In the wake of the issues raised by the Black Lives Matter (BLM) movement, the right has become increasingly desperate in its search to find ways to resist calls for equality and social justice and, moreover, deny the existence of structural and institutional forms of oppression. These vary from smear tactics, like claiming BLM is dominated variously by “Marxists”, “communists” or “well-meaning white liberals” to deploying Black or Brown Tories to deny that they’ve faced racism. Alternatively, they will use their social class to diminish the lived experiences of those of us who have had to endure racism in our lives. Sometimes, this involves the claim that “there has always been slavery throughout history” and although this is true, the very nature of chattel slavery was distinct from other forms of slavery, which occurred for financial gain, rather than as part of the spoils of war. Western capitalist economies, like the United States, Britain and France, were founded on chattel slavery. This is the reality.
Black and brown collaboration with racists and colonisers
Slavers and colonisers have always made use of collaborators. For example, in British-ruled India, the colonisers could not have dominated the subcontinent without the help of willing collaborators. Many Indian princelings willingly offered their services to the colonisers. In colonial Algeria, Frantz Fanon, identified the Arab collaborators with the colonial rulers as the bourgeoisie, but also observed the psychological effect on the colonized people. In the United States, the right kind of black person, was used to keep black people in their lowly place in the social hierarchy. Racist US President, Woodrow Wilson, used Booker T Washington explicitly for this purpose. For his collaboration with Wilson, the nascent NAACP (National Association for the Advancement of Colored People) called him “The Great Accommodator”. More recently, a Black man called H K Edgerton, collaborated with the neoconfederate movement in the United States. The neoconfederate movement is an irredentist movement that seeks to re-establish the Confederacy, while eliding the cruelty of chattel slavery and the Jim Crow laws, which emerged from the Black Codes following Reconstruction. Indeed, Jim Crow laws even existed in many Northern states that are usually seen as “liberal” by Southern conservatives.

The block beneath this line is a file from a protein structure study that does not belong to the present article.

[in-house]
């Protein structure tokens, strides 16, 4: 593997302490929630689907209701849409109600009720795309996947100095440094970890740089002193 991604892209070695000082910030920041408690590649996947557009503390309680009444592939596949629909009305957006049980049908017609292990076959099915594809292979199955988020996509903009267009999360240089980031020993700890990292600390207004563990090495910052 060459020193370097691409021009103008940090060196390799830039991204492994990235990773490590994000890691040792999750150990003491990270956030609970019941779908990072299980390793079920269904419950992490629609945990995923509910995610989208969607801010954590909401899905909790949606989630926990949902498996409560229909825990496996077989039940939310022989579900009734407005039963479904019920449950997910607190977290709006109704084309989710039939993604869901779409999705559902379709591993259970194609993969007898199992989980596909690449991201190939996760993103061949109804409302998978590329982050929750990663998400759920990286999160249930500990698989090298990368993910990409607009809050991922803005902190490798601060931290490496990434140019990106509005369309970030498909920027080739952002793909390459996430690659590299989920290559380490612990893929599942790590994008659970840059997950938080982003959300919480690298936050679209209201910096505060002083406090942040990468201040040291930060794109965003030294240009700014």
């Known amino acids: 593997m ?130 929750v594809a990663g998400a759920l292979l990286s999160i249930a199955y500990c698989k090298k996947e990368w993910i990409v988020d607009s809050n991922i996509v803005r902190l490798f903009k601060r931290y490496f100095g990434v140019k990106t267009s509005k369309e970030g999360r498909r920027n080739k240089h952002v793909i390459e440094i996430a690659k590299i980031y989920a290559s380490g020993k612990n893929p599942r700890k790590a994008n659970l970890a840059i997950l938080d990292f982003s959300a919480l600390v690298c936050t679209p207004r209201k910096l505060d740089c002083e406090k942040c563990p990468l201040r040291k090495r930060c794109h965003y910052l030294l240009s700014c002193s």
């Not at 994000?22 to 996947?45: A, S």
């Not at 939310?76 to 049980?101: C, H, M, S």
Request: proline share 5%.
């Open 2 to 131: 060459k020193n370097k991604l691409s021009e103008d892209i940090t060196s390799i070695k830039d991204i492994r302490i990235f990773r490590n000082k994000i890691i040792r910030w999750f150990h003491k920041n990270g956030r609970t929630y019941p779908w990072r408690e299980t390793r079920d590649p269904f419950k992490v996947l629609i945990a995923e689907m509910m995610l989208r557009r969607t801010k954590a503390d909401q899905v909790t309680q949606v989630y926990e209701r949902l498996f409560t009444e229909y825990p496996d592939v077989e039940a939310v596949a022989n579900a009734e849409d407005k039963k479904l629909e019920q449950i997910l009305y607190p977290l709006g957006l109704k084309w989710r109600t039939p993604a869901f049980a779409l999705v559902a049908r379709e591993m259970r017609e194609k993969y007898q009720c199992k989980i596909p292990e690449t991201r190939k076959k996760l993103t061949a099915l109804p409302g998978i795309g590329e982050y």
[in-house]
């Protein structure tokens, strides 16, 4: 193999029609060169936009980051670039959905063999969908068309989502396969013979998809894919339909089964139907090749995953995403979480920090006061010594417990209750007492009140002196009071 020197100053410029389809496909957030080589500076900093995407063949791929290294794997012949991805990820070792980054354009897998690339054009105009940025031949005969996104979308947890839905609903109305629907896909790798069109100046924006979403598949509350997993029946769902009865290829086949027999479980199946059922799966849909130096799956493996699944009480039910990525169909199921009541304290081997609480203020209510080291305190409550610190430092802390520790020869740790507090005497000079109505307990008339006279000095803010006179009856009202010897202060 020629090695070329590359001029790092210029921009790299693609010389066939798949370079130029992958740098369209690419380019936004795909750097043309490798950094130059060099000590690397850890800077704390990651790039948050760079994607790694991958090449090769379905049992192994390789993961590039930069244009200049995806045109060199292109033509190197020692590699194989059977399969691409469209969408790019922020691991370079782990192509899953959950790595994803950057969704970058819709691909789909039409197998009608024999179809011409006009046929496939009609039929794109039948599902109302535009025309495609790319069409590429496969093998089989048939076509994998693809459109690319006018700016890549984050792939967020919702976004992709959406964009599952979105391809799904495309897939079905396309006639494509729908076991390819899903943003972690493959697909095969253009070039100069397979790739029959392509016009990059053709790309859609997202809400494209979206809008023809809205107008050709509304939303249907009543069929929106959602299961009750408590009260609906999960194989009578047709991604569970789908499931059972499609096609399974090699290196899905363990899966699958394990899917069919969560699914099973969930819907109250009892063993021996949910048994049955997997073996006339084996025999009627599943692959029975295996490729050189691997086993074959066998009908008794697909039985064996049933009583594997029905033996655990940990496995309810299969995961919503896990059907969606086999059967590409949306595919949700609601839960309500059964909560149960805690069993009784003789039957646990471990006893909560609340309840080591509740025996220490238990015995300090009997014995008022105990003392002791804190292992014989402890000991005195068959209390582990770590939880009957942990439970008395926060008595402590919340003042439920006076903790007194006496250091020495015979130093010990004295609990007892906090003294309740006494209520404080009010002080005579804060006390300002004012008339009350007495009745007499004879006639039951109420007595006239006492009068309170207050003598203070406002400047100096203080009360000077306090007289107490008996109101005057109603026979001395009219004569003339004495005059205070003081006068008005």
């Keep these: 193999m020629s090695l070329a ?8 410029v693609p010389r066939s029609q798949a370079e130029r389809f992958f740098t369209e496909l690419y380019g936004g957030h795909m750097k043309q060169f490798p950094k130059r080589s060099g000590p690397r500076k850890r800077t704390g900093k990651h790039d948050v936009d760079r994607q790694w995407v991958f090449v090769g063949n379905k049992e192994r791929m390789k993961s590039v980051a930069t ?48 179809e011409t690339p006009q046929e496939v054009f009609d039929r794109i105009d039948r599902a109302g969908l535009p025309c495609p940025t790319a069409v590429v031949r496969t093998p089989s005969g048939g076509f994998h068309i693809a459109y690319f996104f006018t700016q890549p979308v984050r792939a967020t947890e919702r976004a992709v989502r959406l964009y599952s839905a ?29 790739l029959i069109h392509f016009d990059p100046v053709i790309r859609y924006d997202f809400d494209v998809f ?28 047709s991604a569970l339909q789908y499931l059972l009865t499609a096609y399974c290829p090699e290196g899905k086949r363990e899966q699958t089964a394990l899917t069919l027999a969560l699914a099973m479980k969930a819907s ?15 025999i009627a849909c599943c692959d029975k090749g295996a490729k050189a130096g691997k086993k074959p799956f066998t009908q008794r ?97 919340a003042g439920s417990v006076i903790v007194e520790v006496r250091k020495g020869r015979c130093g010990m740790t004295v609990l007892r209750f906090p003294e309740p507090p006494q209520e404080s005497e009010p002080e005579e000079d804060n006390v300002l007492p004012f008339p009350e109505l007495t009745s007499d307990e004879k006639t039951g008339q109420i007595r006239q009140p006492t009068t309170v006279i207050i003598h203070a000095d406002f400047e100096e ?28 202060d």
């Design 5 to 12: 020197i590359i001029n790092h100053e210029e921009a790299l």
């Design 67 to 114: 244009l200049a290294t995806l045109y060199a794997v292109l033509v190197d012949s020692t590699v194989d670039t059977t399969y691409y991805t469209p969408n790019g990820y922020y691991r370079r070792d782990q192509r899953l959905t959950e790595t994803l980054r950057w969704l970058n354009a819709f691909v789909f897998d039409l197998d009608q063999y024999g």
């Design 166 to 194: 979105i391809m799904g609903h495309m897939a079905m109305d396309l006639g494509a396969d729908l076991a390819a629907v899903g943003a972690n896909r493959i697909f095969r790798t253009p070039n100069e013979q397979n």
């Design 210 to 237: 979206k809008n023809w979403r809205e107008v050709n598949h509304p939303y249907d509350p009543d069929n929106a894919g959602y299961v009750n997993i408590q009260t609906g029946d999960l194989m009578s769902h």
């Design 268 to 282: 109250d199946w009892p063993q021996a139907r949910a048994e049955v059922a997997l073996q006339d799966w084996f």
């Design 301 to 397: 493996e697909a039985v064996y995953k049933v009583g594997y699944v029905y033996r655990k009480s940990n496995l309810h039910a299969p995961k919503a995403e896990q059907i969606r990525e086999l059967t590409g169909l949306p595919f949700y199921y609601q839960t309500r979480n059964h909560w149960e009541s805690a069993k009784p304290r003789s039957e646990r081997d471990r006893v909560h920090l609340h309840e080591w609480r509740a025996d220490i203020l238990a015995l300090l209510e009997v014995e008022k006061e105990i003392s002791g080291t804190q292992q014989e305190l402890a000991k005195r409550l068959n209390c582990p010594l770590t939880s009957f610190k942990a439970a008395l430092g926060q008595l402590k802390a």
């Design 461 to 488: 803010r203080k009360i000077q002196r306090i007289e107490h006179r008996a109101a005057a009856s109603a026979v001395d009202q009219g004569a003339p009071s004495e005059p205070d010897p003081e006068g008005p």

The Civil Rights movement
In the 1960s, the Civil Rights movement was seen as a threat to white hegemony in the United States. Informed by Galton’s pseudo-science and buoyed by the recent Red Scare, white supremacists sought to discredit the movement by claiming that “Communists” or “Jews” were directing Black people to rise up and resist Jim Crow. This notion is predicated on the belief that people of African origin lacked the intellectual abilities for self-organization and needed the guiding hand of paternalistic Others. Indeed, this discourse often strayed into outright antisemitism.
Currently, we are witnessing something similar with BLM: that they’re “Marxists” or led by them or, alternatively, they’re being guided by “white liberals who hate their own race (sic)”. Some of the words may have changed but the sentiment behind them hasn’t. BLM is also seen by white supremacists as a threat to “Western civilization”, whatever that means.
In response to the demands from BLM and others, the Tory government and its outriders have deployed a number of collaborators, all of them Black or Brown, to try to deny the existence of institutional and structural racism. First, the government announced the creation of a racial equality commission, to which they appointed Munira Mirza as chair. Mirza, a member of the LM Network, has gone on record to deny the existence of systemic racism.
The government then deployed Kemi Badenoch, who admitted to hacking into Harriet Harman’s website, to deny the existence of structural racism, but particularly to attack Critical Race Theory, which, like Women’s Studies, seeks to critique the structures of power that oppress minorities and women. Badenoch’s unspoken discourse and that of her colleagues is “Question nothing. Know your place”. Fraser Nelson of The Spectator interviewed Badenoch, who claimed:
A Tory equalities agenda, she says, should be based on Martin Luther King’s ‘dream’ — that people should be judged ‘on the content of their character’ and not the colour of their skin. ‘Now, it’s all about the colour of your skin. That cannot be,’ she says emphatically. ‘You can’t pick and choose the rules depending on the colour of someone’s skin. That is what the racists do.’